Beelen and Blaxill’s analysis suggests, for example, that the Conservative party under Margaret Thatcher may have been wrongly “sidelined” in the debate about feminised language in parliament, while “the Blair landslide in 1997 may have dulled, rather than magnified, the effect of gender in the language of parliamentary debates”. [Go back up]
 The three sets of proceedings can currently only be searched separately, and a user would be required to translate his or her search term into the language(s) of the particular proceedings. Proceedings for Belgium, Denmark, Norway and Sweden are also available, along with data from the European Parliament. [Go back up]
 I am grateful to Maarten Marx for this suggestion. [Go back up]
BUDDAH = Big UK Domain Data for the Arts and Humanities: https://buddah.projects.history.ac.uk/
British Newspapers, 1600–1900: http://www.connectedhistories.org/resource.aspx?sr=bu
Connected Histories: http://www.connectedhistories.org/
DILIPAD = Digging into Linked Parliamentary Data: https://dilipad.history.ac.uk/
‘Digital transformations in the arts and humanities: big data research’ call for proposals: http://www.ahrc.ac.uk/documents/calls/digital-transformations-in-the-arts-and-humanities-big-data-research-call-for-proposals/
Google Books: https://books.google.co.uk/
Google Books Ngram Viewer: https://books.google.com/ngrams
Google Books Ngram Viewer supporting information: http://storage.googleapis.com/books/ngrams/books/datasetsv2.html
Hansard 1803–2005: http://hansard.millbanksystems.com/
Hansard Corpus: British Parliament, 1803–2005: https://www.hansard-corpus.org/
HathiTrust Digital Library: https://www.hathitrust.org/
Interactive Map of UK Central Government Online: http://oxfordinternetinstitute.github.io/InteractiveVis/network/?config=config_ukgov.json
Internet Archive: https://archive.org/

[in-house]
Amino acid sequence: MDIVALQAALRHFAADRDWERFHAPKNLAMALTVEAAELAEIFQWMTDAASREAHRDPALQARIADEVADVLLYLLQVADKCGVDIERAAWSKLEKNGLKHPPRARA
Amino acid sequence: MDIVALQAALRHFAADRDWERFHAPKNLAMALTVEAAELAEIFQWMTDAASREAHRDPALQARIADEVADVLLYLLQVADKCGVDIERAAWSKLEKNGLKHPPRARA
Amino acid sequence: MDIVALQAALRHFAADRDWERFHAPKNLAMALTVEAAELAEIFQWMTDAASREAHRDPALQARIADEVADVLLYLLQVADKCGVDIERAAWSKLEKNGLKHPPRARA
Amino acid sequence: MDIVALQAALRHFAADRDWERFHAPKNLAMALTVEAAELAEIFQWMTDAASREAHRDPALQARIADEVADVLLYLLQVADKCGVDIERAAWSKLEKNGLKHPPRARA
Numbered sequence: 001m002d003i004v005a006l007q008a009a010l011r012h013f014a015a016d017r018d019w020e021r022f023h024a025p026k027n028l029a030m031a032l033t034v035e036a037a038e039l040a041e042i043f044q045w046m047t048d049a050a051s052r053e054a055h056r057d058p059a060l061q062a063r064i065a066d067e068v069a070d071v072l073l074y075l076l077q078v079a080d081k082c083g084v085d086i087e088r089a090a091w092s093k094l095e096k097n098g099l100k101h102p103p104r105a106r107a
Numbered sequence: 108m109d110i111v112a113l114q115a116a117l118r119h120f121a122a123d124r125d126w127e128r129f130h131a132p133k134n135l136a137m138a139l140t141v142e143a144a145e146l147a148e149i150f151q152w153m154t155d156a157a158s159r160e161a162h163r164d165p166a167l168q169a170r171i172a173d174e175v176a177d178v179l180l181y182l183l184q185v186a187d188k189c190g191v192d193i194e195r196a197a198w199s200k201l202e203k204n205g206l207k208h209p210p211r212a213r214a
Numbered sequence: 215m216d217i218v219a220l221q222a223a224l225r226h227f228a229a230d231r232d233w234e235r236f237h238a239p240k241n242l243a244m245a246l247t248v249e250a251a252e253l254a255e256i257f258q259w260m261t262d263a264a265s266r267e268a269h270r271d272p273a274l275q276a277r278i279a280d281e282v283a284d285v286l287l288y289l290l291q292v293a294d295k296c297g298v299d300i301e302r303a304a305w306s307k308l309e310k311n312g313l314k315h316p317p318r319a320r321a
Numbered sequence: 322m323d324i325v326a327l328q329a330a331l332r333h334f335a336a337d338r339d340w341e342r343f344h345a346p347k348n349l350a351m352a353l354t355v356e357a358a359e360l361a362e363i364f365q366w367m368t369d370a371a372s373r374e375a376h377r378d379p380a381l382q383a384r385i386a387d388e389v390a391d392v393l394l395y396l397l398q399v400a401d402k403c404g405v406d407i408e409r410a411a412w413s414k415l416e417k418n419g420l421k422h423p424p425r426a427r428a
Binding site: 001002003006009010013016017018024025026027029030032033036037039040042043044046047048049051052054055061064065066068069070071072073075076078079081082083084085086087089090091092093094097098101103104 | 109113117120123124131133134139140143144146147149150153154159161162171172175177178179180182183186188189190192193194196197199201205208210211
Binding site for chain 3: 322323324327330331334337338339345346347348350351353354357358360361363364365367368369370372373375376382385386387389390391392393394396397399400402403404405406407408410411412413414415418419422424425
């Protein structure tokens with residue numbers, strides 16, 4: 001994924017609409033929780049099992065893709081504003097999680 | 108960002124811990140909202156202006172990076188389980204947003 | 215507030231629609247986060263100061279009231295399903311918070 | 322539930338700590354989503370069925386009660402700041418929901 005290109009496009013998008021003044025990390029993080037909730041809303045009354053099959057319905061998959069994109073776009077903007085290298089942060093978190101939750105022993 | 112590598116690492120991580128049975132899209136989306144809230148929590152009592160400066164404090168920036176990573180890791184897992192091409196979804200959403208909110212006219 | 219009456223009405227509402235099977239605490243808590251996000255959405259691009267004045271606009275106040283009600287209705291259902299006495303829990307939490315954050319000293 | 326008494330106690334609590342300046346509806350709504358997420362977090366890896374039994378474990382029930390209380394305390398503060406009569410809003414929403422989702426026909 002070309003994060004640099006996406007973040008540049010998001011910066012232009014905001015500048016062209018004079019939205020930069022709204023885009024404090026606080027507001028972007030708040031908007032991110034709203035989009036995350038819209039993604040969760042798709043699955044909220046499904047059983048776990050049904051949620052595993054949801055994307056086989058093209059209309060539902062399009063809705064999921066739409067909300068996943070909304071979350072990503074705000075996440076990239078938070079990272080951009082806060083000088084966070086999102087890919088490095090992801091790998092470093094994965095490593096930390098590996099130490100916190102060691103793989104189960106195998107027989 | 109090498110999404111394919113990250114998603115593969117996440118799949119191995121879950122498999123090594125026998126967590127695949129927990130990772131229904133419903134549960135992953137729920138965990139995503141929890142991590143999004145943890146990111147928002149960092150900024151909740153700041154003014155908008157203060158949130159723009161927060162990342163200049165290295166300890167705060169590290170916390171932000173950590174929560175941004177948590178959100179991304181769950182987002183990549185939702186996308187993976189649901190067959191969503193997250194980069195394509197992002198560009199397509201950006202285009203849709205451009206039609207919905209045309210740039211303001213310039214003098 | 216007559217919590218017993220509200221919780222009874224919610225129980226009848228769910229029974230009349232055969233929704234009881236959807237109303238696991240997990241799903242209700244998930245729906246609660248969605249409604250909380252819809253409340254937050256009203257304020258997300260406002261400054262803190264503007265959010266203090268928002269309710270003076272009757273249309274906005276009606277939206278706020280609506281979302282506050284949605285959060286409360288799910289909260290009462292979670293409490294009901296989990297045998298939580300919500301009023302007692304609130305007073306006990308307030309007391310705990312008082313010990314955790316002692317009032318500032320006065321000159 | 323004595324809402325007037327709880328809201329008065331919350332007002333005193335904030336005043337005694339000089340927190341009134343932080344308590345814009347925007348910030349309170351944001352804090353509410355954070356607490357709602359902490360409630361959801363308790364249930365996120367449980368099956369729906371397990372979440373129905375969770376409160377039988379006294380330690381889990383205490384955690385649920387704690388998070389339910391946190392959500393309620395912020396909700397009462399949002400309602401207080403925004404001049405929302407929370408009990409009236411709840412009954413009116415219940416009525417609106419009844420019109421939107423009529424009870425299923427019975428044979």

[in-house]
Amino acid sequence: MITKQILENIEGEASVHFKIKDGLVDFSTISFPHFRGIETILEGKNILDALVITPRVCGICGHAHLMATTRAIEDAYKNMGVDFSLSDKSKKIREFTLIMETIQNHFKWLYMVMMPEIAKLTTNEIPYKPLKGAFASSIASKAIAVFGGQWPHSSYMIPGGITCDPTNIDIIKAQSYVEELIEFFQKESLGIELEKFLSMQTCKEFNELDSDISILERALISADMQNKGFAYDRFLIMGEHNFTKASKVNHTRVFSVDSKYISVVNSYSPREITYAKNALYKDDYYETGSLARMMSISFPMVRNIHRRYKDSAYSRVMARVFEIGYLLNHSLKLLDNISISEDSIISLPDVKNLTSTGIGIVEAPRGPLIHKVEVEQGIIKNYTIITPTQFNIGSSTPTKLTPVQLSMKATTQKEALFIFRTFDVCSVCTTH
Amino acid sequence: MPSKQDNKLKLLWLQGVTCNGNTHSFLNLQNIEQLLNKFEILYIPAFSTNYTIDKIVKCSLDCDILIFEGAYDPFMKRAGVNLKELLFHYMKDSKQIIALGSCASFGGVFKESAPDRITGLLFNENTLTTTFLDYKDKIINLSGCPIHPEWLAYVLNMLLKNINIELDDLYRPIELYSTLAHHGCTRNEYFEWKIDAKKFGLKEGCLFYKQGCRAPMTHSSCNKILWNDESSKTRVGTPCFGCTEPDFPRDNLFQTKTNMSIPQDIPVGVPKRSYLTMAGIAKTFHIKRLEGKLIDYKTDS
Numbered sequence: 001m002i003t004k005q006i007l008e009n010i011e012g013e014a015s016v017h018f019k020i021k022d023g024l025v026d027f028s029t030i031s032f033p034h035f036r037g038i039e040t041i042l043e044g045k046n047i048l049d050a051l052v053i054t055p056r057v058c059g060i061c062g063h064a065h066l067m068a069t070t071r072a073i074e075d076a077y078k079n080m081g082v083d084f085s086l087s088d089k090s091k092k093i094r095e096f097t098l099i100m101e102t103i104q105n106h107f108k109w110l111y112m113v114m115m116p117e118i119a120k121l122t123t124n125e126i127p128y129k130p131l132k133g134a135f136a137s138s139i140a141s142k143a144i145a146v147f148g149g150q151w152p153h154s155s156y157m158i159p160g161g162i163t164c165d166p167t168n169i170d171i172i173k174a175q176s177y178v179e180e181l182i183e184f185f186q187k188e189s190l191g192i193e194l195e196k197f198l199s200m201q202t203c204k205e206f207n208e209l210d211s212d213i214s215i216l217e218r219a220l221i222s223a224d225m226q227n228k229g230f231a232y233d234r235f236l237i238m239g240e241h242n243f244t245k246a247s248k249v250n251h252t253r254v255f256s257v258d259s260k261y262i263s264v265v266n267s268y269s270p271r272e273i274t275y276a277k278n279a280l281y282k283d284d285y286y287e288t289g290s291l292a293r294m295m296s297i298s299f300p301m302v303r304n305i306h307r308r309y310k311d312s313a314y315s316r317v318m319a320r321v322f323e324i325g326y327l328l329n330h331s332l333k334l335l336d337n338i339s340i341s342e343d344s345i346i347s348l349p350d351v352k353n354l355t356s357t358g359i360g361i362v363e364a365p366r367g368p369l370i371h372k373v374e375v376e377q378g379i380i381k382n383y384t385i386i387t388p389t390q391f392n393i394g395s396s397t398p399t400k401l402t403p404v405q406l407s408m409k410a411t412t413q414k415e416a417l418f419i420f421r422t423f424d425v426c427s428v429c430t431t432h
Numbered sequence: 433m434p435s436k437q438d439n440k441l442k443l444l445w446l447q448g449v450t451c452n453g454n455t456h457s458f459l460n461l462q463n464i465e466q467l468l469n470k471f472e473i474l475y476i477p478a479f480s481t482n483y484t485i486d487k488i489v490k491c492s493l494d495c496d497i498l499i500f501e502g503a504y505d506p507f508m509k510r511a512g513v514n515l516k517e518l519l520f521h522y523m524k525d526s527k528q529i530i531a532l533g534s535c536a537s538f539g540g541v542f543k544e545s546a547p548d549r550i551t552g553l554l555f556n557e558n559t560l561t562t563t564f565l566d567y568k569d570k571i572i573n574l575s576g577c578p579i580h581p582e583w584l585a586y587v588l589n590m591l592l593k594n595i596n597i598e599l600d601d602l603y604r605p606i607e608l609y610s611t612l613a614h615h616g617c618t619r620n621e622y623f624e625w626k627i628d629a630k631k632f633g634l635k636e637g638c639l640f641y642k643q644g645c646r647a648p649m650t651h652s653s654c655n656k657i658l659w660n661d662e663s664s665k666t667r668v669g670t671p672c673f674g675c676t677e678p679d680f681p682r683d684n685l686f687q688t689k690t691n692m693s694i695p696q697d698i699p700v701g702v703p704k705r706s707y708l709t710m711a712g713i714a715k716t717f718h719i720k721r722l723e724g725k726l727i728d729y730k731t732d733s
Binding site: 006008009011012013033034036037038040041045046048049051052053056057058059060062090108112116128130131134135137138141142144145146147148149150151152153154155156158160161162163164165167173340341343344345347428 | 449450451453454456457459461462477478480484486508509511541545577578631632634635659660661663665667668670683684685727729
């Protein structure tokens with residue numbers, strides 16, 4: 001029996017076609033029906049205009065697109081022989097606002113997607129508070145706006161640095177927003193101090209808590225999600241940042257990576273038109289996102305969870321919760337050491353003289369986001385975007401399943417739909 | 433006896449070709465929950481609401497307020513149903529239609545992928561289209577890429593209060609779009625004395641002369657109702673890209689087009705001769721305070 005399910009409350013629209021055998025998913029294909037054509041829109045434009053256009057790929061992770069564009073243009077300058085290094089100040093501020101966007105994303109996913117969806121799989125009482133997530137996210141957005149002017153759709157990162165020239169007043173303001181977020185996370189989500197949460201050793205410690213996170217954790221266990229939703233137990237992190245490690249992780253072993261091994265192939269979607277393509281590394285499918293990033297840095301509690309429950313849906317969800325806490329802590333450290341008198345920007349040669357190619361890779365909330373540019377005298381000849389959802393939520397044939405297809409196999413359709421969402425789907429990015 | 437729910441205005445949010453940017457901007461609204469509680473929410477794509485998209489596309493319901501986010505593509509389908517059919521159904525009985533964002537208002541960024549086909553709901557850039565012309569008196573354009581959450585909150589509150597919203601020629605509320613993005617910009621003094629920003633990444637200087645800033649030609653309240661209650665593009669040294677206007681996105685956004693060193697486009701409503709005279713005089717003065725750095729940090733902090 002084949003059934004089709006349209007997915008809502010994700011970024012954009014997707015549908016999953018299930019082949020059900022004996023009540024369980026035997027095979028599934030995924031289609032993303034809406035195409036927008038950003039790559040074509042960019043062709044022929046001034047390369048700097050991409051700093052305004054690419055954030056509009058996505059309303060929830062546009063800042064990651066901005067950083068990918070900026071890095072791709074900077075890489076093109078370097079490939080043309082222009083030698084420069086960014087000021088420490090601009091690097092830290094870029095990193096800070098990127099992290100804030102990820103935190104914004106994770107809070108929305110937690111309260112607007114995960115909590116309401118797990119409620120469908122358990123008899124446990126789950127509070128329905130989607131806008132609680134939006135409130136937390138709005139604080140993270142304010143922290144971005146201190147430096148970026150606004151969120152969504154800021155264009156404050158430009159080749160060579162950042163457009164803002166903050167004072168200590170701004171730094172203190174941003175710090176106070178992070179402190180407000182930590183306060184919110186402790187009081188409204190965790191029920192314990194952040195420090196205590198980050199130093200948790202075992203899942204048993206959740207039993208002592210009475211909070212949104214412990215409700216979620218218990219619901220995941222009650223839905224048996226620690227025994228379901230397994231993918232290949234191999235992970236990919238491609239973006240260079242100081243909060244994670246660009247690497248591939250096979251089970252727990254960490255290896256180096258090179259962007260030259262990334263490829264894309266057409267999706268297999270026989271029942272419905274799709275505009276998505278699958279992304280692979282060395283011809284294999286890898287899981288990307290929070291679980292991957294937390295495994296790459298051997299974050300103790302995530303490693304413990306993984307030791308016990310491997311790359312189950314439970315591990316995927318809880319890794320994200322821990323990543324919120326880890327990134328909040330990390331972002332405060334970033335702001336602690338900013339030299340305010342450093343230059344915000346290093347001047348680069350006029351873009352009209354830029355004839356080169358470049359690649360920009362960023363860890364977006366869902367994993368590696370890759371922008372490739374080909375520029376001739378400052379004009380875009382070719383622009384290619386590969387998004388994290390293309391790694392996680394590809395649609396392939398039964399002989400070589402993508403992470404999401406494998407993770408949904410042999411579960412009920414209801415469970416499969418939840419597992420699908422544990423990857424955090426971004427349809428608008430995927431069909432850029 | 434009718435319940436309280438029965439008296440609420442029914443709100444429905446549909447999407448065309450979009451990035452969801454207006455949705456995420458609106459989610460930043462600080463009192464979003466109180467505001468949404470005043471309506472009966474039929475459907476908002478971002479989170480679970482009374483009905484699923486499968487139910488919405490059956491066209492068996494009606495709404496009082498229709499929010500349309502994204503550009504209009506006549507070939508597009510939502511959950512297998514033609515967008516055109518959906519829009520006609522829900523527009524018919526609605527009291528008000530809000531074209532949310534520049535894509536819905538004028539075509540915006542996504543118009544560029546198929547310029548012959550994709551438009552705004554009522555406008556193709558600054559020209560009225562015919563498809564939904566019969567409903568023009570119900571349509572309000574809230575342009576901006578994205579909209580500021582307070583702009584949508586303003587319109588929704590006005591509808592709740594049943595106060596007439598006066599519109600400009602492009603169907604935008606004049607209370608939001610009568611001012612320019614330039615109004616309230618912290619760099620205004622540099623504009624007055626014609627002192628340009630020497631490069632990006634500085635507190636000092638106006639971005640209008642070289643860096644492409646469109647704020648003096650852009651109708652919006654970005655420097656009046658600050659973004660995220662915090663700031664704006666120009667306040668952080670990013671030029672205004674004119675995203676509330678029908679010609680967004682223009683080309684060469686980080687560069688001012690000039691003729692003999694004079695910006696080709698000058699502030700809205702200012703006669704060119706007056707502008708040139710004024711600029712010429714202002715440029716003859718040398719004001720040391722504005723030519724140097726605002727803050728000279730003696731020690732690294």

LIPARM: Linking Parliamentary Records through Metadata: http://sas-space.sas.ac.uk/4315/
Parliament Debate Search: http://search.politicalmashup.nl/
The Public Whip: http://www.publicwhip.org.uk/
Time Travel for the Web: http://timetravel.mementoweb.org/
UK Web Archive blog: http://britishlibrary.typepad.co.uk/webarchive/
Visualisation of Links, by Domain Suffix, from the Jisc UK Web Domain Dataset (1996–2010): http://www.webarchive.org.uk/ukwa/visualisation/ukwa.ds.2/linkage
Aust, Rowan. 2015. “Online reactions to institutional crises: BBC Online and the aftermath of Jimmy Savile”. Web Archives as Big Data. http://sas-space.sas.ac.uk/6100/
Blaxill, Luke & Kaspar von Beelen. 2016. “A feminized language of democracy? The representation of women at Westminster since 1945”. Journal of Twentieth Century British History 27: 412-449. doi:10.1093/tcbh/hww028
Deswarte, Richard. 2015. “A case study of the use of web archives for historical research, focusing on British Euroscepticism”. Web Archives as Big Data. http://sas-space.sas.ac.uk/6103/
Gartner, Richard. 2012. “The LIPARM project: A new approach to parliamentary metadata”. Ariadne 70. http://www.ariadne.ac.uk/issue70/gartner/
Hitchcock, Tim. 2014. “Big data, small data and meaning”. Historyonics. http://historyonics.blogspot.co.uk/2014/11/big-data-small-data-and-meaning_9.html
Leetaru, Kalev. 2015. “How much of the internet does the Wayback Machine really archive?” Forbes. https://www.forbes.com/sites/kalevleetaru/2015/11/16/how-much-of-the-internet-does-the-wayback-machine-really-archive/
Manovich, Lev. 2015. “The science of culture? Social computing, digital humanities and cultural analytics”. http://manovich.net/index.php/projects/cultural-analytics-social-computing/
Millward, Gareth. 2015. “Digital barriers and the accessible web: disabled people, information and the internet”. Web Archives as Big Data. http://sas-space.sas.ac.uk/6104/
Svensson, Patrik. 2012. “Envisioning the digital humanities”. Digital Humanities Quarterly 6(1). http://www.digitalhumanities.org/dhq/vol/6/1/000112/000112.html
Webber, Jason. 2014. “How big is the UK web?”. UK Web Archive blog. http://britishlibrary.typepad.co.uk/webarchive/2014/06/how-big-is-the-uk-web.html
Zittrain, Jonathan, Kendra Albert & Lawrence Lessig. 2014. “Perma: Scoping and addressing the problem of link and reference rot in legal citations: How to make legal scholarship more permanent”. Harvard Law Review Forum 127(4): 176–199. http://harvardlawreview.org/2014/03/perma-scoping-and-addressing-the-problem-of-link-and-reference-rot-in-legal-citations/